Identifying relevant data for pages in a social networking system

Abstract

Embodiments of the invention improve the ability of a social networking system to determine which types of data—hereinafter referred to as “fields”—are relevant to which types of user pages. Specifically, a social networking system assigns page types to different user pages, and likewise stores information on different types of fields. By analyzing the relationships of different pages and fields, the social networking system determines which types of fields are particularly well-suited for inclusion on different types of pages. Using the learned information about page types and field types, the social networking system can better aid page administrators in specifying data to add to their pages. For example, the social networking system can recommend to administrators the addition of certain types of fields or automatically add the fields. Further, the social networking system can specialize a search for social networking system data to field types.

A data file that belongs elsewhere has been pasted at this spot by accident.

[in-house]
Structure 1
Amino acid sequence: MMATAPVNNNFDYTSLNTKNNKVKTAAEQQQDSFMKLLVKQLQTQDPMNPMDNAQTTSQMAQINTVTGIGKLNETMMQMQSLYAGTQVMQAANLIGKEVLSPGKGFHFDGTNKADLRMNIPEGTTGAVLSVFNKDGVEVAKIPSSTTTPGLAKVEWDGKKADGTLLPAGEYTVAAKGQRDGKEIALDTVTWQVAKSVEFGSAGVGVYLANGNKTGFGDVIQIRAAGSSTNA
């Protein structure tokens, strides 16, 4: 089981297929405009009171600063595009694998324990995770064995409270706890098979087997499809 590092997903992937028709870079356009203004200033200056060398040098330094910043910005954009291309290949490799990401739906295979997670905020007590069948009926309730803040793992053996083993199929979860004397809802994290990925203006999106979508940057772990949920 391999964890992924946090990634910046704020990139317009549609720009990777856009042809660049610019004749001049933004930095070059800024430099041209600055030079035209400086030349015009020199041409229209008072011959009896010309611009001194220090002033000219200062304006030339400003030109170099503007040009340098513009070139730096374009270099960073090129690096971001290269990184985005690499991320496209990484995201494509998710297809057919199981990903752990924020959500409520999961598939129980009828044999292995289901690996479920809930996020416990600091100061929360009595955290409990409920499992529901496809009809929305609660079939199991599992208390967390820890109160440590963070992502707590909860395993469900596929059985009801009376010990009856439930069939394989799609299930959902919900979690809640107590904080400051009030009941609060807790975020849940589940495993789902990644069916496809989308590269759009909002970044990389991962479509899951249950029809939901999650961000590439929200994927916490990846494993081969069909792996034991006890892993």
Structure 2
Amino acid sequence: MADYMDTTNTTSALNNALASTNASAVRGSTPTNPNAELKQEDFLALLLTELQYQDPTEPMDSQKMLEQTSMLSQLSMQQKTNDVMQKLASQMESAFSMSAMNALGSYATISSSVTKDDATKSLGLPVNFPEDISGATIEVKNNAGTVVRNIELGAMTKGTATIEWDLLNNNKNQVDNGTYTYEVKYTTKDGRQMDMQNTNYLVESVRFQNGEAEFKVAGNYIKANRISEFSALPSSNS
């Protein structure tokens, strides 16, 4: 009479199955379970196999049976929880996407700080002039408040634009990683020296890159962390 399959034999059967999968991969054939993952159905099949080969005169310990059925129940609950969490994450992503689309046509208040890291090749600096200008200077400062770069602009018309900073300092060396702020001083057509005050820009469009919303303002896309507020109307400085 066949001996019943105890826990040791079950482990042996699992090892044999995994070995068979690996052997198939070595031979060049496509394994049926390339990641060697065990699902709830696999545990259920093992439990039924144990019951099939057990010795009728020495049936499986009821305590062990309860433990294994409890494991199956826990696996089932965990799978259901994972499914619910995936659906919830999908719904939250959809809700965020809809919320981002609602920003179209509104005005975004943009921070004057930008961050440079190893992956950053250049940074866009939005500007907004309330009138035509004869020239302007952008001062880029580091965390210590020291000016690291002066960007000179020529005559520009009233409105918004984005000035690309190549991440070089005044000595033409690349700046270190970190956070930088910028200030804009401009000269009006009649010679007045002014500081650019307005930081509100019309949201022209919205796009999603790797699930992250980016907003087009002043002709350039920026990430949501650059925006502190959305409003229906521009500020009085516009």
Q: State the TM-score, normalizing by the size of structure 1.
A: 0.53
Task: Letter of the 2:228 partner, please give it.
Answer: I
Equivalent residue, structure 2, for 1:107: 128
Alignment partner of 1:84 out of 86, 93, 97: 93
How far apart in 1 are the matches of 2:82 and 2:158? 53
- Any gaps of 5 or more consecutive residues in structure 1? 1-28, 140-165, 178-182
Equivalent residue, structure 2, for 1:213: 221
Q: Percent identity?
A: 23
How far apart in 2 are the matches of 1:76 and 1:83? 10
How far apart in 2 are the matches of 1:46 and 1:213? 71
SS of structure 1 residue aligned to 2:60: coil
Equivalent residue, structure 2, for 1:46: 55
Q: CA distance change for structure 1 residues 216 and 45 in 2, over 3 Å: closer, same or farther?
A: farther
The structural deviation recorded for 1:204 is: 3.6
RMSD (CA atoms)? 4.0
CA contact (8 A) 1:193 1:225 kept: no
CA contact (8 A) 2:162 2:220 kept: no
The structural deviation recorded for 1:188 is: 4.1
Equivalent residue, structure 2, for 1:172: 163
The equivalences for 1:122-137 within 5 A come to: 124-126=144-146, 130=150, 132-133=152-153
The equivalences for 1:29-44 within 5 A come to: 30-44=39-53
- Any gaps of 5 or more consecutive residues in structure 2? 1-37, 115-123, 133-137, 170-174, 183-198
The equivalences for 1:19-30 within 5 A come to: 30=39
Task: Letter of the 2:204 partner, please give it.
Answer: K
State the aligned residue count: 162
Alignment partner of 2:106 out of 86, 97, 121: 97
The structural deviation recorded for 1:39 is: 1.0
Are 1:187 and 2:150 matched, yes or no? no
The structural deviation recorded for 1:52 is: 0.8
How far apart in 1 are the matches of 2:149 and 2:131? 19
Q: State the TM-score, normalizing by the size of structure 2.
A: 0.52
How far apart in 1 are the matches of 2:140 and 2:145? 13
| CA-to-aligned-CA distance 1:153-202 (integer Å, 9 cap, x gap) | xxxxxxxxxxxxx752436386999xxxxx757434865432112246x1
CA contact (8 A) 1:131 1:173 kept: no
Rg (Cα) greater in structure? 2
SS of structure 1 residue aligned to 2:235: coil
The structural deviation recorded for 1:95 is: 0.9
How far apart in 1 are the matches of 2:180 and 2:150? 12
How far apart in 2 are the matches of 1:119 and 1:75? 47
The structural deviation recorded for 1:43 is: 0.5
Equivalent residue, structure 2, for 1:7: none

Claims